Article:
Best & Worst Contracts 2014: Indianapolis Colts

Moving our best and worst series along we examine the Indianapolis Colts

Best Contract: Hakeem Nicks

For whatever reason I have always liked Hakeem Nicks and feel as if this contract has the potential to be the steal of the offseason. While Nicks has never been the same following injuries I do wonder how much of that has been a lack of desire and concentration on his part. He has a tendency to do dump things on the field like attempting a one hand highlight grab when a normal catch will suffice, but I just feel as if he should be so motivated after the lack of interest in him in free agency.

The free agent offseason should be a wakeup call to Nicks, who went into 2013 thinking he could sleepwalk his way into an $11 million a year contract like Dwayne Bowe, Mike Wallace, and Percy Harvin did the year before. The Colts got him for next to nothing- a one year $4 million contract with $2.25 million guaranteed and $400,000 tied to playing time. That’s less money than was earned by Julian Edelman, Riley Cooper, Andre Roberts, Jeremy Maclin and a number of others who don’t have either the track record or upside as Nicks.

I know a lot of people dislike Nicks, but this is a contract that is essentially 50 cents on the dollar for a team that plays in a perfect environment and likes to air the football out. This is the ideal situation for both the Colts and Nicks. If they cant get greatness out of him likely nobody will, but at this price it’s well worth the risk associated with the contract.

Worst Contract: Erik Walden

I  think you simply go back to the 2013 free agency class and take your pick of bad contracts with the Colts. You have what was likely a mix up on Gosder Cherilus contract, an overpayment for Laron Landry, a bad idea that Greg Toler could be an effective starter, among other moves. But nothing that happened in 2013 really changed my mind that Erik Walden continues to be the worst contract on the team.

Walden is, at best, a fill in starter in the NFL. Ideally he is a situational role player on a decent defense where you can hide some of his deficiencies. This should have been apparent from day 1, but Indianapolis, flush with cap room, decided that they saw enough to pencil him in as a starting linebacker. He received $8 million in guarantees, which was more impressive that other more proven players at the position. Of that $8 million only $1 million came in the form of a signing bonus and just $4 million was fully guaranteed, meaning the Colts could have escaped after one year, but they chose to let the contract continue.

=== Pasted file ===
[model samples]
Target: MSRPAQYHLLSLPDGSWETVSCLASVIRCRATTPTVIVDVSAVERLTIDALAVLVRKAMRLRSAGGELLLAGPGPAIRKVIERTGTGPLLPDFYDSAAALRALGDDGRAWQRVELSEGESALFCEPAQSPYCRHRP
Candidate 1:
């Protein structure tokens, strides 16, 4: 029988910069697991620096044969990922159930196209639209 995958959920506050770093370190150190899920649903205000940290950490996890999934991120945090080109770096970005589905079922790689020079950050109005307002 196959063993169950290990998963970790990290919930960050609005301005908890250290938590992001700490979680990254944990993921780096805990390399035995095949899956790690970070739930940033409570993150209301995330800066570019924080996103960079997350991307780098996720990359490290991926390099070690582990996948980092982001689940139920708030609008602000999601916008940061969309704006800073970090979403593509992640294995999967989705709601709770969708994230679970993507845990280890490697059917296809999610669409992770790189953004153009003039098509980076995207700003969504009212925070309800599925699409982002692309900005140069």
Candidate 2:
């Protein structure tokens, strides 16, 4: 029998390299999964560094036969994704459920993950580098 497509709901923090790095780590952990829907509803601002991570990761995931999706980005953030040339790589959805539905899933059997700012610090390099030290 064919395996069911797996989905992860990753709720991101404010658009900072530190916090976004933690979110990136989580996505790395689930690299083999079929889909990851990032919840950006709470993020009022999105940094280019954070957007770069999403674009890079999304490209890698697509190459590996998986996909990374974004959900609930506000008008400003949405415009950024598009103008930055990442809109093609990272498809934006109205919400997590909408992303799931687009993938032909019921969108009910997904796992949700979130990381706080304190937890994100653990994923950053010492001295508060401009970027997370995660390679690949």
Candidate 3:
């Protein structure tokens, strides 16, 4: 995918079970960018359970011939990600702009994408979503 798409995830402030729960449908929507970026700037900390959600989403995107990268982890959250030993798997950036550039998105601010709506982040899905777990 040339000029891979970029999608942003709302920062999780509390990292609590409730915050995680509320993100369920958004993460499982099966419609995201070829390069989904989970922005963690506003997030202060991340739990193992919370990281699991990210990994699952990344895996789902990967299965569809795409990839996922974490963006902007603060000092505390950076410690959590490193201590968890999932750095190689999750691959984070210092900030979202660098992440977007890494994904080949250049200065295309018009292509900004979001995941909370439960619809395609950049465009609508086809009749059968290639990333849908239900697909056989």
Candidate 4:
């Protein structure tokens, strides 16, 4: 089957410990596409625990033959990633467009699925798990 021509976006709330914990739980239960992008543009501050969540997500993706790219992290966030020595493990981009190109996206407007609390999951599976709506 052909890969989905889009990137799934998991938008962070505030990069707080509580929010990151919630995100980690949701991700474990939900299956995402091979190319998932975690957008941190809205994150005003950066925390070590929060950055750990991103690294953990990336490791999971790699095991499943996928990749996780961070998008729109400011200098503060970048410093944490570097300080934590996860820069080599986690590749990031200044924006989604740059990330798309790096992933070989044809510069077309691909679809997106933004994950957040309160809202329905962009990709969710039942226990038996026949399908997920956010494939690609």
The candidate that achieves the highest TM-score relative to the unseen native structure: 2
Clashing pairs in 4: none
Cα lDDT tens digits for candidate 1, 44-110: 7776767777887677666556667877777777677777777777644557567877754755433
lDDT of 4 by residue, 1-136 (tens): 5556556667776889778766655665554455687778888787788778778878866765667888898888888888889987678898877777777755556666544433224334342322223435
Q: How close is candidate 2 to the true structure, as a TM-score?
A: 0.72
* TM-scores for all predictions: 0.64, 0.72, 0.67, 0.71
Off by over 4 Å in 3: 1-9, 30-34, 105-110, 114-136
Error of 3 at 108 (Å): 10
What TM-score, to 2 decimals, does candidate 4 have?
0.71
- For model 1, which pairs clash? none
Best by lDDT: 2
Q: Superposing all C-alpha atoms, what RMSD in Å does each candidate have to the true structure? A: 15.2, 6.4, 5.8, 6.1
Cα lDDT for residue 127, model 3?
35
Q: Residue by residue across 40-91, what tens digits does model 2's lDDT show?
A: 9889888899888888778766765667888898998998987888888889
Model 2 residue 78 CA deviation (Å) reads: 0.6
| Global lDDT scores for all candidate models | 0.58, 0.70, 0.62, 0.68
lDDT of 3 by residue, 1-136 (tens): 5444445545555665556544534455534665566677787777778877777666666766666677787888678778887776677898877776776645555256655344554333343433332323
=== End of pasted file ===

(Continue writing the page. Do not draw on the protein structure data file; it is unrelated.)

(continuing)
Walden, as a starter, was about as productive as he was when a backup type.  More opportunities, but the same amount of impact plays on the game. In most cases he is a liability. It’s one of those contracts that made no sense. He was unproductive with Green Bay, playing alongside Clay Matthews who should open up many opportunities for him. In his first run into free agency nobody in the NFL showed any interest. There was nothing he did in 2012 that should have upped his stock for his return to free agency in 2013, but in the Colts mind he did more than enough to merit the job and a nice little contract for a minimal track record. Barring a major turnaround in 2014, it is hard to picture him staying a Colt past this season.

2013’s Best and Worst Colts Contracts:

2013 Best Contract: Reggie Wayne(Injured, Remains on team)

2013 Worst Contract: Erik Walden (See above)

Click Here to Check out OTC’s other Best and Worst Contracts from around the NFL!

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  • Kirk Vollmer

    To be fair as a Colt’s fan I think the bad contracts they handed out in 2013 need to be put in the context of a team with a lot of cap room and a complete lack of players who could even be considered to be fill in starters. So I believe that the team was trying to just get players in there by “making them an offer they couldn’t refuse”. Especially when in 2014 the team didn’t raise many eyebrows with over the top contracts like in 2013 indicating that over-paying isn’t a pattern but rather a strategy used in 2013 when they had plenty of money but very little talent.

    • Thats a fair opinion. I think they did overpay this year as well on guys like DQwell Jackson too, for what its worth. I just kind of feel that for some of these players they were in a state of bidding against themselves. I get the offer they cant refuse deal but Id prefer to do it when I know they have a real alternative. I mean its possible they did (I cant picture it for Walden, Toler and Landry but its not impossible), but I just think they could have slow played their hand better and still gotten the players at better terms. In fairness these are all effectively one and two year contracts so its not as awful as others. Its just hard to see the upside in almost any of them

      • Kirk Vollmer

        I agree but there is a fog of war, they don’t necessarily know that Walden and Toler don’t have other offers. So they and their agent are coming into the facility and the GM has to do whatever he can to prevent them from leaving the facility, otherwise they risk being left with a scrub somewhere that not only wouldn’t start for any other team but likely wouldn’t even make any other team. So they over pay. As with D’Qwell Jackson I disagree. . . If you read the reports D’Qwell said that other teams gave him bigger offers then Indy but he chose Indy because he wanted to play with a winning team. His contract is like Walden’s in that it’s essentially a 2 year deal, which is important given his age. Honestly though I don’t expect them to be too active in free agency in the next couple years. Colts have several important players from the 2012 draft class they have to extend plus put Luck on 14 mil+ 5th year option. So they will likely have to improve through the draft.

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